INDIGO Home University of Illinois at Urbana-Champaign logo uic building uic pavilion uic student center

Differences in patient-reported experiences of care by race and acculturation status

Show full item record

Bookmark or cite this item: http://hdl.handle.net/10027/10523

Files in this item

File Description Format
PDF Hasnain et al JOIH final accpted manuscript.pdf (222KB) Main Article PDF
Title: Differences in patient-reported experiences of care by race and acculturation status
Author(s): Hasnain, Memoona; Schwartz, Alan; Girotti, Jorge; Bixby, Angela; Rivera, Luis
Subject(s): patient-centered care acculturation cultural competence quality care
Abstract: Patient-reported experiences of care are an important focus in health disparities research. This study explored the association of patient-reported experiences of care with race and acculturation status in a primary care setting. 881 adult patients (African-American 34 %; Hispanic-classified as unacculturated or biculturated-31 %; Caucasian 33 %; missing race 2 %), in outpatient Family Medicine clinics, completed a written survey in Spanish or English. Consumer Assessment of Healthcare Providers and Systems (CAHPS) Clinician & Group (CAG) Survey Adult Primary Care instrument was used for experiences of care and Short Form-12 survey for health status. Controlling for other variables, race and acculturation were significantly associated with several CAG subscales. Hispanic patients gave significantly higher ratings for care experiences and expressed greater interest in shared decision making. Selected patient-reported measures of care are associated with patients' race and acculturation status (for Hispanic patients). We discuss implications for both provision and measurement of quality care.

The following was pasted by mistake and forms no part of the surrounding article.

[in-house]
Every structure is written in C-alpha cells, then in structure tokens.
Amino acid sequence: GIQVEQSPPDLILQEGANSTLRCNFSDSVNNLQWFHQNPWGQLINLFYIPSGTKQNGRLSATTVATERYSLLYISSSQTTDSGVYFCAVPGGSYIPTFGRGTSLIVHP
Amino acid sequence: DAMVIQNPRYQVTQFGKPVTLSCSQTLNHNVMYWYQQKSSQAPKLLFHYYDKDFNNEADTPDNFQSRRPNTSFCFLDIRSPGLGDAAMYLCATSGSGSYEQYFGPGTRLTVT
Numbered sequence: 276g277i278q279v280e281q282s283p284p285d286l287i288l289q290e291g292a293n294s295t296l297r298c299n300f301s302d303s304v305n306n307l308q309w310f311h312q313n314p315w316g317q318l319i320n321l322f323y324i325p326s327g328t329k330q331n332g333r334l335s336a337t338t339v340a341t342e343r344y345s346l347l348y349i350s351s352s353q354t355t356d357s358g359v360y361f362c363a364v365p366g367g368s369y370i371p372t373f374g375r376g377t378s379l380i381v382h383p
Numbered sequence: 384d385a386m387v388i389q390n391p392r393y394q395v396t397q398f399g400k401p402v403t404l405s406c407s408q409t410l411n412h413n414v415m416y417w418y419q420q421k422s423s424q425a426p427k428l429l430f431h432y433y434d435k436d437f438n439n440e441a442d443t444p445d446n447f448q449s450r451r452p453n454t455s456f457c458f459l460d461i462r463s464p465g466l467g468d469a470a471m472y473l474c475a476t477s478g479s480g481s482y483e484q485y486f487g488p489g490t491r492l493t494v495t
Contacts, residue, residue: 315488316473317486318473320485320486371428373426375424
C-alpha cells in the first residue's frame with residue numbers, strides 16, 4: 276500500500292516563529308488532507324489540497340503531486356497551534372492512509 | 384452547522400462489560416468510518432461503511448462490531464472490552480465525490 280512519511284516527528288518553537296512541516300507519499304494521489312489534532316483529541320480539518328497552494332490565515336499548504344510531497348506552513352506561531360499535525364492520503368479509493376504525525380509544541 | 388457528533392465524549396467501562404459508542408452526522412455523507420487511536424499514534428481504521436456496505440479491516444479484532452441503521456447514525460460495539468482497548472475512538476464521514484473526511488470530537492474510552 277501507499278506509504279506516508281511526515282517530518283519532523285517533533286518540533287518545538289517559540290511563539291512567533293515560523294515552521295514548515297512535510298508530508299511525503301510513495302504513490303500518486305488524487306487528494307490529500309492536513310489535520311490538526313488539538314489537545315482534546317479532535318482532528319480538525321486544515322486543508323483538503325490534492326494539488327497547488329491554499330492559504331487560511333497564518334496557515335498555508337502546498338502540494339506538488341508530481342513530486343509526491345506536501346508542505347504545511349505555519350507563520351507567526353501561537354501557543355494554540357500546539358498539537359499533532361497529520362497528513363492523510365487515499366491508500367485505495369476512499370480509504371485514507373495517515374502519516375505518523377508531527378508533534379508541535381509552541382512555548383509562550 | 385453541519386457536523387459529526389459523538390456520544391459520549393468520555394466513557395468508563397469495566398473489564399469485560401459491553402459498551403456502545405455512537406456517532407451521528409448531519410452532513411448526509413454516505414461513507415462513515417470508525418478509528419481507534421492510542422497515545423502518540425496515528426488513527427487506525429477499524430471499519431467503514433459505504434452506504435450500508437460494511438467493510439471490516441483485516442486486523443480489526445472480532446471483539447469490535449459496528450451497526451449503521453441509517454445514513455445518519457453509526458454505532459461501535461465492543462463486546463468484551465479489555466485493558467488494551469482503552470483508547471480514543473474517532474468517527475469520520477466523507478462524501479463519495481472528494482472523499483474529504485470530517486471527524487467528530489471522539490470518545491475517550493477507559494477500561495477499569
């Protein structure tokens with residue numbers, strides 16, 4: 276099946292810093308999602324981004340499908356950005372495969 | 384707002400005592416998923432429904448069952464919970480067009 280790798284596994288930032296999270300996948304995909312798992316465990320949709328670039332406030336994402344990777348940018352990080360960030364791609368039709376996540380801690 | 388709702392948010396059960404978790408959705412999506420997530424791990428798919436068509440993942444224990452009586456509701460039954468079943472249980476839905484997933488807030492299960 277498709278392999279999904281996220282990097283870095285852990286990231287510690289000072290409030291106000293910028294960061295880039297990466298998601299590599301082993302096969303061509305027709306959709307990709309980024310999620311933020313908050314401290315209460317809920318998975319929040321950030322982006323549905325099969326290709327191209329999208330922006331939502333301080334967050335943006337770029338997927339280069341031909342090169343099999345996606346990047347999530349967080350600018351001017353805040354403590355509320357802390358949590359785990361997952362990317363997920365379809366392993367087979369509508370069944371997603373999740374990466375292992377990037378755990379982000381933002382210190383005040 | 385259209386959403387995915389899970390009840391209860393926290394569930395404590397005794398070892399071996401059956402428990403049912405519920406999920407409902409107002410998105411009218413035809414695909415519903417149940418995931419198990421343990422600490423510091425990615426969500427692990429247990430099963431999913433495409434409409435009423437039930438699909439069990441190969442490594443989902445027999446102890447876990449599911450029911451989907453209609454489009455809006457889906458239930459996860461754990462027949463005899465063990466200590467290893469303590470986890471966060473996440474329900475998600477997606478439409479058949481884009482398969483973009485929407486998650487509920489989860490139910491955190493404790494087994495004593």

Issue Date: 2013-06
Publisher: Springer Verlag
Citation Info: citation:Hasnain M, Schwartz A, Girotti J, Bixby A, Rivera L. Differences in Patient-Reported Experiences of Care by Race and Acculturation Status. Journal of immigrant and minority health / Center for Minority Public Health. Oct 4 2012 doi: 10.1007/s10903-012-9728-x
Type: Article
Description: Post print version of article may differ from published version. The final publication is available at springerlink.com; DOI: 10.1007/s10903-012-9728-x
URI: http://hdl.handle.net/10027/10523
ISSN: 1557-1920
Sponsor: Grant number 63821 from the Robert Wood Johnson Foundation
Date Available in INDIGO: 2014-07-07
 

This item appears in the following Collection(s)

Show full item record

Statistics

Country Code Views
United States of America 330
China 104
Russian Federation 23
Ukraine 22
Germany 18

Browse

My Account

Information

Access Key